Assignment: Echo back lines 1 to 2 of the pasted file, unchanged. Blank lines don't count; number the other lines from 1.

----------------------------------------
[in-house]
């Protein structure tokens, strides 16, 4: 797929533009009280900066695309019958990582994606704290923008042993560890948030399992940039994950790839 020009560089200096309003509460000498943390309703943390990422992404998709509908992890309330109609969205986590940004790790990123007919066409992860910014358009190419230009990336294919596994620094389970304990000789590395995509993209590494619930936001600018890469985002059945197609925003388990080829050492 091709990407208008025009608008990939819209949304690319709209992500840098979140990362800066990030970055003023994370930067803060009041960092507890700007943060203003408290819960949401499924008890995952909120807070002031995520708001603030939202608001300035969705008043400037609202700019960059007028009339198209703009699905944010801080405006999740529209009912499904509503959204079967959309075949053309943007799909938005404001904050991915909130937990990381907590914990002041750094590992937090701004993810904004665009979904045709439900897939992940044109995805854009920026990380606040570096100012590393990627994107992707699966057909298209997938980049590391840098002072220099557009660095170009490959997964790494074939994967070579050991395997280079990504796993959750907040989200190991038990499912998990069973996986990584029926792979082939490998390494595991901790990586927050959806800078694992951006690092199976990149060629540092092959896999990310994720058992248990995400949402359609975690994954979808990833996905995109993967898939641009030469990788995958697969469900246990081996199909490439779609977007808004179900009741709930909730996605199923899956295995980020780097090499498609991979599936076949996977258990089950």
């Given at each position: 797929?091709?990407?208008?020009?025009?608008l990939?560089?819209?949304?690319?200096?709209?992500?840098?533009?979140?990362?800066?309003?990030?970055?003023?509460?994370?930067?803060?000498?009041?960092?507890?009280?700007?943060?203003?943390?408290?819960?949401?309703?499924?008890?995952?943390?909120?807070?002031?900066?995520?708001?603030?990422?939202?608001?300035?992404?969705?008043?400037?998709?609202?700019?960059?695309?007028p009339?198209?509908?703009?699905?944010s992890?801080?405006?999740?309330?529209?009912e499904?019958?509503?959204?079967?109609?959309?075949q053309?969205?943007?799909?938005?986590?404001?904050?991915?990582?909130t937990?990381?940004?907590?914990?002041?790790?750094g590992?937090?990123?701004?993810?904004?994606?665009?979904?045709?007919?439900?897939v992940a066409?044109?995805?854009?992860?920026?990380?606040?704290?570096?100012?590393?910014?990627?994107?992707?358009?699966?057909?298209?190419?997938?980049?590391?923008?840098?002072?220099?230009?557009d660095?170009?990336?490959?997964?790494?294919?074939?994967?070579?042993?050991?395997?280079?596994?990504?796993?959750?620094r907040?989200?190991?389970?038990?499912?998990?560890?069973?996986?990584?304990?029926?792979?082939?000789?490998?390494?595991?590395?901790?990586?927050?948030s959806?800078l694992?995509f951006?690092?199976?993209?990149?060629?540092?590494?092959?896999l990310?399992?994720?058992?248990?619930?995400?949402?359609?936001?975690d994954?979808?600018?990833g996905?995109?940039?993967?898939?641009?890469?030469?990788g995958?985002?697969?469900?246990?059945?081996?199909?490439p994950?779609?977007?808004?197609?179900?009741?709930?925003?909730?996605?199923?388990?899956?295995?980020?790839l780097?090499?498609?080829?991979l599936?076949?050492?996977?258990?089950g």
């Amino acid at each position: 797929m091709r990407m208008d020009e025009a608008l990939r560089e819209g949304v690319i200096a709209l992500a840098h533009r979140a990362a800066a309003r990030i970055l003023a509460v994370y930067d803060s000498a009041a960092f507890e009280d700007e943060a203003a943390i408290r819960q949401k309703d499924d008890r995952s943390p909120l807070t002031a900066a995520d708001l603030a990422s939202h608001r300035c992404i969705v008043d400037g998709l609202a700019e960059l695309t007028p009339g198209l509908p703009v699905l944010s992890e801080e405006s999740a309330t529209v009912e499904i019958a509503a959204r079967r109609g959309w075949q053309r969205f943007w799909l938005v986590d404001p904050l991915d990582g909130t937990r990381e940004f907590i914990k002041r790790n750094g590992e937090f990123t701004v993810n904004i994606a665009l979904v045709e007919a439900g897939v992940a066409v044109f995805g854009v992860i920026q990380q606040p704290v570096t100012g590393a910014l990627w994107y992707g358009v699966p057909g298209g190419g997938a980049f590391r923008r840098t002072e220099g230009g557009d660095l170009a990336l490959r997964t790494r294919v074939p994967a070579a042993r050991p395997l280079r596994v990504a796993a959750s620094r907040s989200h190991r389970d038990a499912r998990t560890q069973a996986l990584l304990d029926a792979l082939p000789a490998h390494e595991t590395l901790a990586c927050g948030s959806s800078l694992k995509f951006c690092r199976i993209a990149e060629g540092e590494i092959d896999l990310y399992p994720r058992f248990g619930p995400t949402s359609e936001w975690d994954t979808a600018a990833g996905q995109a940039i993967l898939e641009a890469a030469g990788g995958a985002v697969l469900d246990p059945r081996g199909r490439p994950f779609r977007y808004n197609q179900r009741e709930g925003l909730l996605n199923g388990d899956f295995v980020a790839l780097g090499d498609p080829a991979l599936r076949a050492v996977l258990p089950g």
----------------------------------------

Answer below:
[in-house]
């Protein structure tokens, strides 16, 4: 797929533009009280900066695309019958990582994606704290923008042993560890948030399992940039994950790839 020009560089200096309003509460000498943390309703943390990422992404998709509908992890309330109609969205986590940004790790990123007919066409992860910014358009190419230009990336294919596994620094389970304990000789590395995509993209590494619930936001600018890469985002059945197609925003388990080829050492 091709990407208008025009608008990939819209949304690319709209992500840098979140990362800066990030970055003023994370930067803060009041960092507890700007943060203003408290819960949401499924008890995952909120807070002031995520708001603030939202608001300035969705008043400037609202700019960059007028009339198209703009699905944010801080405006999740529209009912499904509503959204079967959309075949053309943007799909938005404001904050991915909130937990990381907590914990002041750094590992937090701004993810904004665009979904045709439900897939992940044109995805854009920026990380606040570096100012590393990627994107992707699966057909298209997938980049590391840098002072220099557009660095170009490959997964790494074939994967070579050991395997280079990504796993959750907040989200190991038990499912998990069973996986990584029926792979082939490998390494595991901790990586927050959806800078694992951006690092199976990149060629540092092959896999990310994720058992248990995400949402359609975690994954979808990833996905995109993967898939641009030469990788995958697969469900246990081996199909490439779609977007808004179900009741709930909730996605199923899956295995980020780097090499498609991979599936076949996977258990089950």